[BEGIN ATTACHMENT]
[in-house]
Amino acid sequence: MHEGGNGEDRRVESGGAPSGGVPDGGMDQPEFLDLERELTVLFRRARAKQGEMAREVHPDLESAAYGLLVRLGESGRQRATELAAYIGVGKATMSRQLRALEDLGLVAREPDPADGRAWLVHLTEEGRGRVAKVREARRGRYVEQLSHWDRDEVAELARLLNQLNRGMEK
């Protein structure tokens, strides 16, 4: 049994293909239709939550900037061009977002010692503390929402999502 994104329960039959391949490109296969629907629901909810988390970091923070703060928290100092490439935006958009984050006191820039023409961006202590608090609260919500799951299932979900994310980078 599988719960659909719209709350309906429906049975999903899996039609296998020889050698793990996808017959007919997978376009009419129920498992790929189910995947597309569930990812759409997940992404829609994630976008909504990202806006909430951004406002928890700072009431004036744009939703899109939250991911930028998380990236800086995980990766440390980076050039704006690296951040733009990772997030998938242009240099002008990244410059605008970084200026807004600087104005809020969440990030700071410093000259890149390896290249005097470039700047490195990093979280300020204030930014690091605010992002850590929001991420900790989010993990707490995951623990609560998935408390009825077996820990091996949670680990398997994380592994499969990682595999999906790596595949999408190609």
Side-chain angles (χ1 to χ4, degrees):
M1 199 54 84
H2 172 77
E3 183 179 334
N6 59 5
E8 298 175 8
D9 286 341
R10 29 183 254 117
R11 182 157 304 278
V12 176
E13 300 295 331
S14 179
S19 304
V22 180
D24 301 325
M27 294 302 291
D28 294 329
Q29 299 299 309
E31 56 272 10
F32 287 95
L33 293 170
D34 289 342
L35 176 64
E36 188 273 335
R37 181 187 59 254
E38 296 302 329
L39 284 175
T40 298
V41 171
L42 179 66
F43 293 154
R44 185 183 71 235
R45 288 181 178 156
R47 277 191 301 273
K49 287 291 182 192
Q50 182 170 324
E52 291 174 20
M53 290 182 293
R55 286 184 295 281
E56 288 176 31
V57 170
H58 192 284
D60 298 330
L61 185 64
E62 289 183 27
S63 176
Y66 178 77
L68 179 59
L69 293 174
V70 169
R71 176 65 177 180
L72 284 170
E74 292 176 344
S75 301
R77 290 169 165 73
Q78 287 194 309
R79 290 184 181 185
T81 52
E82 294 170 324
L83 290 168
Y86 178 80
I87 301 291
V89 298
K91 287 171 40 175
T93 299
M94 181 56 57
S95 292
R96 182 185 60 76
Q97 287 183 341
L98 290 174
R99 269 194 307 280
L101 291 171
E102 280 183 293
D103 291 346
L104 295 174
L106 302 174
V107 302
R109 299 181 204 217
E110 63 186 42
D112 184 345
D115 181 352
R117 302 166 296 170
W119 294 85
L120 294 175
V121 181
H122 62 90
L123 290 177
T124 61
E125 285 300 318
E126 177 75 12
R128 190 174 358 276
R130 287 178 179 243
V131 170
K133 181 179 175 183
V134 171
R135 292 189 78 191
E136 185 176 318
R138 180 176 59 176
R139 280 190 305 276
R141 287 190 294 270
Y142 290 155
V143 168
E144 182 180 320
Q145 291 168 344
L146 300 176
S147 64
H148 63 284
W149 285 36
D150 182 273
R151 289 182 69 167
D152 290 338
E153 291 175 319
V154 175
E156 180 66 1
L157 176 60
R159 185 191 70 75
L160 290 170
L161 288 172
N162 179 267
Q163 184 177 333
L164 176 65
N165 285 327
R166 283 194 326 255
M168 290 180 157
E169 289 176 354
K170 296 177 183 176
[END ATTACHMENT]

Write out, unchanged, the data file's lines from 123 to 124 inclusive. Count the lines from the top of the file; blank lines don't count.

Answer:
Q163 184 177 333
L164 176 65